I recently caught up with artist/author/curator Nathan Spoor about his ongoing adventures in Suggestivism, a concept that deals with an artist’s natural sensitivity to finding inspirations and creating artwork. The recent Suggestivism: Chronology exhibition at Copro Gallery was Spoor’s fifth successful show under the Suggestivism banner, featuring two museum exhibits and three gallery shows. As modern exhibitions reveal many impressive voices and nods toward a growing movement – none are complete without the allure and vitality that Suggestivism brings to the conversation. The question is, what does Suggestivism mean?
Nathan: In its true essence, Suggestivism is an art that relies on the greater realms beyond touch or sight – it is the result of a magical occurrence. It is a physical moment produced that energy creates when it passes through a specific individual. The only real evidence of most things is the optical result. The result here is that Suggestivism offers a fantastic and personal representation of what the artist was thinking or experiencing, intending, expressing.
At its core, Suggestivism is a kind of courier of exceptional insights – providing many fascinating treasures at unexpected intervals for those interested in being sensitive to its call. It is neither male nor female; it is human. Suggestivism is an art that heralds the core being of an individual seeking to communicate on a more visceral level and aesthetic. Suggestivism is an agent of necessary change within the arts. Perhaps it is the catalyst. Perhaps it is the vehicle.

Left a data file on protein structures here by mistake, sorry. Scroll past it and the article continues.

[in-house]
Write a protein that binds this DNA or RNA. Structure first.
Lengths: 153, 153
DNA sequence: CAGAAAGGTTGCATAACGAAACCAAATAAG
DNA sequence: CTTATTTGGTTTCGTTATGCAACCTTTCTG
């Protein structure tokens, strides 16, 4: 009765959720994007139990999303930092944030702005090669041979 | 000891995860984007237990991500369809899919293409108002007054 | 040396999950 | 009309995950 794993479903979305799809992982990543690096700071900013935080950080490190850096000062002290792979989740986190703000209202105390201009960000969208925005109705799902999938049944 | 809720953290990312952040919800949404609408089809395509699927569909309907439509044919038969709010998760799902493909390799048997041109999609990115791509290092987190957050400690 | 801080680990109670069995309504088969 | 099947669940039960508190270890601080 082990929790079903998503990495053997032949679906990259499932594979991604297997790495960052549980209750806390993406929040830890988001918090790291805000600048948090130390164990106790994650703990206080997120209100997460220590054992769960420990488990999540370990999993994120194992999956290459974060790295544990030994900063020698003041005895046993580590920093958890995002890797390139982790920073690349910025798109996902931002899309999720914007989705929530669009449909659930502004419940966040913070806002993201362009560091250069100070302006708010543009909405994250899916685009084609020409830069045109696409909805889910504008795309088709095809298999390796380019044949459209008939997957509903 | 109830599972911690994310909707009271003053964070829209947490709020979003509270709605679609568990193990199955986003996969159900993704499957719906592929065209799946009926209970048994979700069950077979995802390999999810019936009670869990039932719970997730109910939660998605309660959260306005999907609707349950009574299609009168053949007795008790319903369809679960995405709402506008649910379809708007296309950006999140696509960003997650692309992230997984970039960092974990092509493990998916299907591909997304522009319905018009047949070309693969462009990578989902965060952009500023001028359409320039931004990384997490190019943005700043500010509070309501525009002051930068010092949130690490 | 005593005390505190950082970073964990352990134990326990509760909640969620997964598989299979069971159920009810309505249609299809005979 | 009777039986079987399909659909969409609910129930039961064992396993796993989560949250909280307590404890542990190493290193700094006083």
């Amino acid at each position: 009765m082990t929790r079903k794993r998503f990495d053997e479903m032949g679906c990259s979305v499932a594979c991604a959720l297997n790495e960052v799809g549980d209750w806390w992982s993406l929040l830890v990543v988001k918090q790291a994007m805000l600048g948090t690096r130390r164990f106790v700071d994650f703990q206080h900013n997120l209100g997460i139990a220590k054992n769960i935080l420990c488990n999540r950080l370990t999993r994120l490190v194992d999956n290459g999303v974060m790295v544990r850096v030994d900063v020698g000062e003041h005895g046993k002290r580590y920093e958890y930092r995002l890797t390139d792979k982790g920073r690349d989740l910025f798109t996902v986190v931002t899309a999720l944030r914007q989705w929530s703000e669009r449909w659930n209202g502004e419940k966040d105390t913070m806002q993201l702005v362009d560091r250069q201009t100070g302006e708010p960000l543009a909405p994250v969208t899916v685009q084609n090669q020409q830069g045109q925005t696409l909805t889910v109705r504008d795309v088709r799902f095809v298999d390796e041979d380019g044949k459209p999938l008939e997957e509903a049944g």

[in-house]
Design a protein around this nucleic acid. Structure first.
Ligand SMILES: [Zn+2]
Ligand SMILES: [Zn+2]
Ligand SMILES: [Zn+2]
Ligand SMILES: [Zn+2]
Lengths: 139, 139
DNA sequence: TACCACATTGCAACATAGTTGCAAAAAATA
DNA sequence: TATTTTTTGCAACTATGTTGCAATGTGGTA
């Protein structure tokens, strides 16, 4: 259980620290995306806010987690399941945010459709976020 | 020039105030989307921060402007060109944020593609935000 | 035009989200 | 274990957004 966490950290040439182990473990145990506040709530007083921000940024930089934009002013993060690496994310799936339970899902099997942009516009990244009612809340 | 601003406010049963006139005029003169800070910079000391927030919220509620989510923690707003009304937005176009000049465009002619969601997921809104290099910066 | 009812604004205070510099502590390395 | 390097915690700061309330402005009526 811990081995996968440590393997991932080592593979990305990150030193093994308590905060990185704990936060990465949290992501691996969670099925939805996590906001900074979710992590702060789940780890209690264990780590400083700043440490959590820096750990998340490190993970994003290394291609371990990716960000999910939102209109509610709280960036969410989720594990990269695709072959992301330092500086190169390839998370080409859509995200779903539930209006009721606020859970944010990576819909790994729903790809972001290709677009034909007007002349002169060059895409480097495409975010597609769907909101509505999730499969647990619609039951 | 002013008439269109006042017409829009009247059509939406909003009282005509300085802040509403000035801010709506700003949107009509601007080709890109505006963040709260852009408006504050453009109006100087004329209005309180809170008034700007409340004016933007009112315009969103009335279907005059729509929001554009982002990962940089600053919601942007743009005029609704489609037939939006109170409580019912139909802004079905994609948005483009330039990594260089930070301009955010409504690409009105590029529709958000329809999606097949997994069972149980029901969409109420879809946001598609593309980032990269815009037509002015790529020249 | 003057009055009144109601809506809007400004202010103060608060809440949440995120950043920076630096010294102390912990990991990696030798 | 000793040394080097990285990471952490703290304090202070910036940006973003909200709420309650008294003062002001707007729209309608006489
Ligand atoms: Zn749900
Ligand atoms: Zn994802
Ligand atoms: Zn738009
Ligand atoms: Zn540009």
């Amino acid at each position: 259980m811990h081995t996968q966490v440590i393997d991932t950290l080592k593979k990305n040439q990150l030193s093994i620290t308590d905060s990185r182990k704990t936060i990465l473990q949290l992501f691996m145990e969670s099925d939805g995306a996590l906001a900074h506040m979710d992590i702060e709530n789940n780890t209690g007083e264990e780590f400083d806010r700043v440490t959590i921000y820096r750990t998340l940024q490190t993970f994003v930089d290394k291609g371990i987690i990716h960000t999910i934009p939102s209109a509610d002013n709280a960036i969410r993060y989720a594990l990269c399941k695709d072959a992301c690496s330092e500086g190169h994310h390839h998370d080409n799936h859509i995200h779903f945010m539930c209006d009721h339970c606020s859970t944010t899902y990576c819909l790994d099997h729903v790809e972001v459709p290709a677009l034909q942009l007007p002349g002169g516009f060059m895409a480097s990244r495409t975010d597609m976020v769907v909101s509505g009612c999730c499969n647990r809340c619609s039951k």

At its basic level, Suggestivism is based on the artist’s specific and unique vision, a psychological or even mystical manifestation brought into reality by an artists’s personal aesthetic. It’s often representational, almost always in fact, but is never restricted to being figurative or needing to include the figure.
A Suggestivism exhibition asks for participating artists to be true to their vision, and to bring their personal best. Suggestivist work is art that reflects a biographical honesty that can only be told by one voice. That’s what this is all about – showing who you are and what you’re capable of. If this is a movement then it’s a very strong and beautiful one, and many people can be touched by different aspects of these shows and inspired to create and make a positive difference.
For more of Nathan Spoor’s work go HERE, Nicoletta Ceccoli also lives over HERE, Dan May would like you to go HERE, Charlie Immer would be sad if you didn’t go HERE, Michael Page, yep, you know he loves it HERE.